Sermon #40 Luke Sermons
Title: A BLESSED INTRUSION
Text: Luke 7:11-17
Subject: The Resurrection of the Widow’s Son
Date: Sunday Morning – November 5, 2000
Tape # W-8b
Readings: Isaiah 52:13-53:12
On three separate occasions our Lord Jesus raised people from the dead by his great omnipotence and grace. In John 11, he raised Lazarus from the dead, one who had been dead for four days. In the eighth chapter of Luke’s gospel, our Savior raised the ruler’s daughter to life. But the first display of our Savior’s power over death is found in our text (Luke 7:11-17).
We have before us a scene of great sorrow. As our Lord Jesus, his disciples, and the crowds following him came to the city of Nain, they ran into a funeral procession. A widow was taking her only son to the cemetery. Watch what happened when the Son of God came upon this scene of woe.
(Luke 7:11-17) "And it came to pass the day after, that he went into a city called Nain; and many of his disciples went with him, and much people.  Now when he came nigh to the gate of the city, behold, there was a dead man carried out, the only son of his mother, and she was a widow: and much people of the city was with her.  And when the Lord saw her, he had compassion on her, and said unto her, Weep not.  And he came and touched the bier: and they that bare him stood still. And he said, Young man, I say unto thee, Arise.  And he that was dead sat up, and began to speak. And he delivered him to his mother.  And there came a fear on all: and they glorified God, saying, That a great prophet is risen up among us; and, That God hath visited his people.  And this rumour of him went forth throughout all Judaea, and throughout all the region round about."
The title of my message is A Blessed Intrusion. Our Lord Jesus stepped into the life of this widow at the time of her greatest sorrow. He intruded when no stranger ought to intrude. He stopped what no one ought to stop. He interrupted a funeral.
Oh, how I pray that the Son of God will make such an intrusion here today! Some of you are like this widow’s son, dead in trespasses and in sins. You are being carried swiftly to your grave by the gaieties, glamour, and glitter of the world. Your parents weep and mourn for your souls; but you are dead. – You are totally unaware, without feeling. Oh, may it please the Lord God our Savior, to step into the affairs of your life today, stop your funeral procession, and raise the dead by the power of his omnipotent grace!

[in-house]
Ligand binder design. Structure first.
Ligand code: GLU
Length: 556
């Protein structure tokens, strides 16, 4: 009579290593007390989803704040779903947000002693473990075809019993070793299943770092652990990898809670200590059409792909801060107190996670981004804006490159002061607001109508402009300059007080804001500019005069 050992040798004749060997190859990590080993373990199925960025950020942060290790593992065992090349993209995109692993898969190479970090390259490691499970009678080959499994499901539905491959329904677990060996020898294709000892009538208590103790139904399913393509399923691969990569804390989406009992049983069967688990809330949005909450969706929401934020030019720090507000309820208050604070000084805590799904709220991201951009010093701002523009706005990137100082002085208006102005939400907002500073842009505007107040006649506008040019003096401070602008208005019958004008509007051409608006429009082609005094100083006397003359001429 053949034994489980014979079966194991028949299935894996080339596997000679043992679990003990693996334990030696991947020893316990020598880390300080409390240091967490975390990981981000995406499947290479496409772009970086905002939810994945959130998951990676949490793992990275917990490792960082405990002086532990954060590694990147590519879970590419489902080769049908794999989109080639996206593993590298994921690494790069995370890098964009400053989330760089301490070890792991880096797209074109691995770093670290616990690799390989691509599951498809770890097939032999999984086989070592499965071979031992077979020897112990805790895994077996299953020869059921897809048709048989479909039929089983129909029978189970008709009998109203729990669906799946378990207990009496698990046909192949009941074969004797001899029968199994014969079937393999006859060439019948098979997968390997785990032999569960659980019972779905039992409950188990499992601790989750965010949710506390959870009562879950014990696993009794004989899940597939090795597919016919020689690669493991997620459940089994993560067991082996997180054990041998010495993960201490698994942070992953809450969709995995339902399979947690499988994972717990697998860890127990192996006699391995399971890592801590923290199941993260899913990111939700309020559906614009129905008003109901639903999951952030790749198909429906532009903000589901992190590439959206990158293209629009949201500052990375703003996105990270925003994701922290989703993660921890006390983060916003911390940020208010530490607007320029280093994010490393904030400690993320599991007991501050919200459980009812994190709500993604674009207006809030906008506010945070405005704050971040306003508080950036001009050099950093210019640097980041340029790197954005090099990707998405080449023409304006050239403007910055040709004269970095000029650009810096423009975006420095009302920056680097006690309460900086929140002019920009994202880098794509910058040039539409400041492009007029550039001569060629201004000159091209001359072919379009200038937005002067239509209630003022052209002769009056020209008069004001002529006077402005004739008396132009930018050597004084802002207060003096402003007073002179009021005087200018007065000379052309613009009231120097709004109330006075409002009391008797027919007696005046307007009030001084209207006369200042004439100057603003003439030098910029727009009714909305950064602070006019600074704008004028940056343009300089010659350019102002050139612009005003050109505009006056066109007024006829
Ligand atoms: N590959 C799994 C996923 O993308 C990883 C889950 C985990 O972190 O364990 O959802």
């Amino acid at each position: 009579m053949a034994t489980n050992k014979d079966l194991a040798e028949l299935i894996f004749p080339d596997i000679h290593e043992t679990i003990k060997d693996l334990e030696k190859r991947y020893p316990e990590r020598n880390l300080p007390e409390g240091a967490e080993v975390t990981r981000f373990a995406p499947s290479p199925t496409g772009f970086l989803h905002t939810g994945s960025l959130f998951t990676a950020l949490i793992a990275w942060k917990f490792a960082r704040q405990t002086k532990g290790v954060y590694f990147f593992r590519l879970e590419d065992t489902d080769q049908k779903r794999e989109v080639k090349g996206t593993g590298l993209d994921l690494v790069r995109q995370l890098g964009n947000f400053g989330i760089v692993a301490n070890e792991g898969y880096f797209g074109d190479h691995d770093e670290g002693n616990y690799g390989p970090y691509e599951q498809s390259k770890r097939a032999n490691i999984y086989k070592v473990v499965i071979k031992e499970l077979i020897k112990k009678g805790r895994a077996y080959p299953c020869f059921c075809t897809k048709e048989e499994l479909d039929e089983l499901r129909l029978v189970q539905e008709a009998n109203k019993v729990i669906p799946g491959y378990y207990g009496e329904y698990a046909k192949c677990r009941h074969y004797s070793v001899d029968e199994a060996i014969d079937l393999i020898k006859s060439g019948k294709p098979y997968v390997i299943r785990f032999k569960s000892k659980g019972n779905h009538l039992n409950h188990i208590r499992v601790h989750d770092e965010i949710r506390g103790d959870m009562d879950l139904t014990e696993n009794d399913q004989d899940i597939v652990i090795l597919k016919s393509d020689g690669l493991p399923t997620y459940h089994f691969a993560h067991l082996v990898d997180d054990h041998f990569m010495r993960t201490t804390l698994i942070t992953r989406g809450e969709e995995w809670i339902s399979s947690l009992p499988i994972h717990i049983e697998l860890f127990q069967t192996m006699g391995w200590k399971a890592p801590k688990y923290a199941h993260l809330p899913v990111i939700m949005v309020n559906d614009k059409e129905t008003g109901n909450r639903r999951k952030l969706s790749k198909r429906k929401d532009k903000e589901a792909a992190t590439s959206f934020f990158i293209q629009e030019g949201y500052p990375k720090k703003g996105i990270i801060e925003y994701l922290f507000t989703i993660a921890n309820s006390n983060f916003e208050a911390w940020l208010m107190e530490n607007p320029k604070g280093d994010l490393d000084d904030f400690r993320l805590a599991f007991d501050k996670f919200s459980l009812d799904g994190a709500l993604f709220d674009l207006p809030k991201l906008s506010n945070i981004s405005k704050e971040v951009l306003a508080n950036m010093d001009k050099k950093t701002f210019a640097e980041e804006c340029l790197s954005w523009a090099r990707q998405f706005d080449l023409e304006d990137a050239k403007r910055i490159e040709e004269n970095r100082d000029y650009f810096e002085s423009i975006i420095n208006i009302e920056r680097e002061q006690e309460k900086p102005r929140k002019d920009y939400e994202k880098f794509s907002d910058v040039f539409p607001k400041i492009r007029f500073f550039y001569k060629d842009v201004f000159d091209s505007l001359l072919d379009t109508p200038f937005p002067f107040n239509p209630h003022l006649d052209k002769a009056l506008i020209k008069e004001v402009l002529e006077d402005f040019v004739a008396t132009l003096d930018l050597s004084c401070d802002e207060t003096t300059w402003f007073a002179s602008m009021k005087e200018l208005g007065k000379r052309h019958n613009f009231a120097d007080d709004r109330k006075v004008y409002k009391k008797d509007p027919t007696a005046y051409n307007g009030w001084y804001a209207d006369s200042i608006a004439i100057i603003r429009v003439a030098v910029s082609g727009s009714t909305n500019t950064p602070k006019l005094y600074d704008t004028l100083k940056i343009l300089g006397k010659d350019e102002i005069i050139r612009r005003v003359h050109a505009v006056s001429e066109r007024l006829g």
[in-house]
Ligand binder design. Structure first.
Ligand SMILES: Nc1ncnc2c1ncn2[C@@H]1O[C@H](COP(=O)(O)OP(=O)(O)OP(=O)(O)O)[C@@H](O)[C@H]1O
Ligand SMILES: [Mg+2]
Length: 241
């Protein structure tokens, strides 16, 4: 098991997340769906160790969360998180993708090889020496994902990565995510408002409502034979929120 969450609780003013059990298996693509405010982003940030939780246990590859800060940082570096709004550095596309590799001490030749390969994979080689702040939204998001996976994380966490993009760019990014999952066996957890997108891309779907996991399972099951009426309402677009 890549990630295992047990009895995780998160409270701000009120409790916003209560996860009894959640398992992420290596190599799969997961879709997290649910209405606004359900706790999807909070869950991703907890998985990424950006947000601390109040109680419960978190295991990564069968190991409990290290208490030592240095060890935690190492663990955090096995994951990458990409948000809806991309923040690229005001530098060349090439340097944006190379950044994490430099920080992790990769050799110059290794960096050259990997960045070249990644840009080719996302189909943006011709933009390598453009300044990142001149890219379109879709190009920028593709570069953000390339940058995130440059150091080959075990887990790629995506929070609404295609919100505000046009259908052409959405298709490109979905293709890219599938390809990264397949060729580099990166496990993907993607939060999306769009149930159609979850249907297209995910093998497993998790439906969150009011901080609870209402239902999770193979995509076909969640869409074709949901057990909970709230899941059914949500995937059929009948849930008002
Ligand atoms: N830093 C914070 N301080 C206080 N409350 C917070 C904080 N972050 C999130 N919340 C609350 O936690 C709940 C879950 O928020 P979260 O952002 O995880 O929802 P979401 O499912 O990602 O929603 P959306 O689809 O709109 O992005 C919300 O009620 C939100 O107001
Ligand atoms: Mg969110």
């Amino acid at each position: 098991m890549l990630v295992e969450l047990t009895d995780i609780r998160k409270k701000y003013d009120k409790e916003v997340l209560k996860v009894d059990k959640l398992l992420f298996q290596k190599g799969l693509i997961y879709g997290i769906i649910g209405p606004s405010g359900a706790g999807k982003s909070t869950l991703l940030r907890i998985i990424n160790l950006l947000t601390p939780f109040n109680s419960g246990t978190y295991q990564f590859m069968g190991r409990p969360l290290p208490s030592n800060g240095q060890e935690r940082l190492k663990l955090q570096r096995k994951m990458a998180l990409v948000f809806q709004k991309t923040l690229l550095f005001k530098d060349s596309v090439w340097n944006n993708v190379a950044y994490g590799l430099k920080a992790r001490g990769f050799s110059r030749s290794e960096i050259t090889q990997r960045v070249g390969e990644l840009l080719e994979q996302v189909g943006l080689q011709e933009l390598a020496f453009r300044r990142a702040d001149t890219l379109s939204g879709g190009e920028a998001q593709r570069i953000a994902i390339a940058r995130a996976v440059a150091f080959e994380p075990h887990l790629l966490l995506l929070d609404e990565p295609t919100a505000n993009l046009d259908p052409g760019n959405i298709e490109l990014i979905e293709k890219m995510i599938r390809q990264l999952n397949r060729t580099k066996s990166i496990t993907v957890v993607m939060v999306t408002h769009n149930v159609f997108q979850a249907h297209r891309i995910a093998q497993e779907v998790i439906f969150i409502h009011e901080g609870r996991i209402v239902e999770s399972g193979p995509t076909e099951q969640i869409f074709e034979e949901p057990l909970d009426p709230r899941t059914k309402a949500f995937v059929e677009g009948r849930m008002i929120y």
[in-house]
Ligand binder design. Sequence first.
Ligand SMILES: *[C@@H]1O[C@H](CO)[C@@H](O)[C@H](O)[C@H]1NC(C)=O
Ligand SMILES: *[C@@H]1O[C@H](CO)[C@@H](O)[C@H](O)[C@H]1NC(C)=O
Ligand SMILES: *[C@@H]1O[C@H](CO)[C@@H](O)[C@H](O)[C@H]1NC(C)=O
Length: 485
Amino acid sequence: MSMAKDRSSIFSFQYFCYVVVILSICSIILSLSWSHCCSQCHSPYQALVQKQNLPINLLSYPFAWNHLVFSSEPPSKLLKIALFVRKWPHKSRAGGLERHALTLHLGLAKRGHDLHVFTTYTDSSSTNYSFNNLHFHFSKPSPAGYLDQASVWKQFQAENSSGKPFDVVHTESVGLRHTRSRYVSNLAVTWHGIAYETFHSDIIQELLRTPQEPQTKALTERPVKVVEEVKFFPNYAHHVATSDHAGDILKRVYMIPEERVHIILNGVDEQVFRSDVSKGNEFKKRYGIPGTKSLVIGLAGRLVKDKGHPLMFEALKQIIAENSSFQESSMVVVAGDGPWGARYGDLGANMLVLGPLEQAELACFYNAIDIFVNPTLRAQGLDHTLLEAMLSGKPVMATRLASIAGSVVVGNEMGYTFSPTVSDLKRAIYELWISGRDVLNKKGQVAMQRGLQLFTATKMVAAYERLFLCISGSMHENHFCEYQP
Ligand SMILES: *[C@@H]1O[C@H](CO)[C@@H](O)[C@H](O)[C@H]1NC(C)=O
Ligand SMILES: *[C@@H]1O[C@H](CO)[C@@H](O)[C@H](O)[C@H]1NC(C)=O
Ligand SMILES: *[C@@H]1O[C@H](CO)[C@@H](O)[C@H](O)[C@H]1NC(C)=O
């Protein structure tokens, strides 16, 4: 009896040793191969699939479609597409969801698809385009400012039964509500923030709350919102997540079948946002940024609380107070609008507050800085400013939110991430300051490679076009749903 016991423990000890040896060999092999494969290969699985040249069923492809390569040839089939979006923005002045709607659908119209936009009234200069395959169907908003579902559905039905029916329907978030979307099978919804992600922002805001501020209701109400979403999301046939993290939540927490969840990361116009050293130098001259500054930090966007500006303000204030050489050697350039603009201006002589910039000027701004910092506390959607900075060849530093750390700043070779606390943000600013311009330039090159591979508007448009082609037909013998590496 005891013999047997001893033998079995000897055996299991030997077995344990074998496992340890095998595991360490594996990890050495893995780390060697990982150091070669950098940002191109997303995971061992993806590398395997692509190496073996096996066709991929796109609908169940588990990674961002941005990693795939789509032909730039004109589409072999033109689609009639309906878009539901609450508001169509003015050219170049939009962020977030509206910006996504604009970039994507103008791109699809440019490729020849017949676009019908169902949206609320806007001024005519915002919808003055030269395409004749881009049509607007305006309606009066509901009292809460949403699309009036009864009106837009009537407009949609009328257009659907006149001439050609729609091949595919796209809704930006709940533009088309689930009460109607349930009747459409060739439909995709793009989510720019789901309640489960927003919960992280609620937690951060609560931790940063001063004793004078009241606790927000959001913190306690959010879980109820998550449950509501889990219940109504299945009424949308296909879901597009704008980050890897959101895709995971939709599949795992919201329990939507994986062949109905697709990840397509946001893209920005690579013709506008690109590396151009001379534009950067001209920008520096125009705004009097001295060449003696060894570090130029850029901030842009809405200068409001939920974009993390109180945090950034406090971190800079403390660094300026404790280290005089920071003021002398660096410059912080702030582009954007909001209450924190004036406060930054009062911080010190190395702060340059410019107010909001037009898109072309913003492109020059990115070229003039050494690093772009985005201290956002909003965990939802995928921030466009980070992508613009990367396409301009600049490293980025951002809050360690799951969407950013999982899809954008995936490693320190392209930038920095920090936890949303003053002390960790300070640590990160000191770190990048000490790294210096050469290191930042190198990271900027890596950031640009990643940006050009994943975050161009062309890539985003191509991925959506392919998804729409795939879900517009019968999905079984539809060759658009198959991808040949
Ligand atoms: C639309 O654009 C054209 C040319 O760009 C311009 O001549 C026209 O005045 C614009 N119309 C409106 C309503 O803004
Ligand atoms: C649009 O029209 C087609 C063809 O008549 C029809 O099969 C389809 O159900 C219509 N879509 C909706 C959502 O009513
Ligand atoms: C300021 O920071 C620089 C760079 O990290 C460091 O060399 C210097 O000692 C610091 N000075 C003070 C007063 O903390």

Proposition: Whenever the Son of God intrudes into the lives of men and women in this world, those who experience his intrusion, bow before him in reverent fear and glorify God.
Divisions: I want you to see four things plainly set before us by the Spirit of God in this blessed story. Without question, our Lord'’ miracles display the fact of his eternal Godhead and omnipotent power; but they are intended to do much more than that. Our Lord’s miracles are all designed to be pictures of his grace and salvation freely bestowed upon and wrought in chosen sinners by his omnipotent grace. This story of the funeral in Nain is designed to display…
1. The Consequences of Our Sin
2. The Compassion of Our Savior
3. The Character of Our Sovereign
4. The Conditions of Our Salvation
I. First, the scene before us displays most vividly the consequences of our sin.
“The wages of sin is death.” – And everything preceding death in this world is but the forerunner of it.
All funerals are sad; but here is a picture of sadness without any mixture of pleasure. Here is a widow, burying her young son, who is her only son. Everything in the picture, until the Lord Jesus steps in, is misery, sorrow, grief, and woe.
That is exactly the case with us. The corruption, depravity and sin of race is evident because ours is a race of sick, dying, sorrowful men. We live in a world of sickness and sorrow, drudgery and death, wickedness and woe, misery and motality, because we live in a world of sin.
Sin is the root and fountain of all this sorrow. Were it not for sin, the world would be free of tears and cares. Were it not for sin, there would be no sickness, no doctors, no hospitals, no courts, no prisons, no broken homes, no shattered lives, no morticians, no funerals, no cemeteries.
But, that is the way things are in a world of sin. That is the present state of things. It cannot be altered. What a thief, what a nuisance, what a great murderer sin is!
(Romans 5:12) "Wherefore, as by one man sin entered into the world, and death by sin; and so death passed upon all men, for that all have sinned."
But, blessed be God, things change when Christ comes!
A. When the Lord Jesus steps into a sinners world of woe, all that was misery before is seen to be mercy.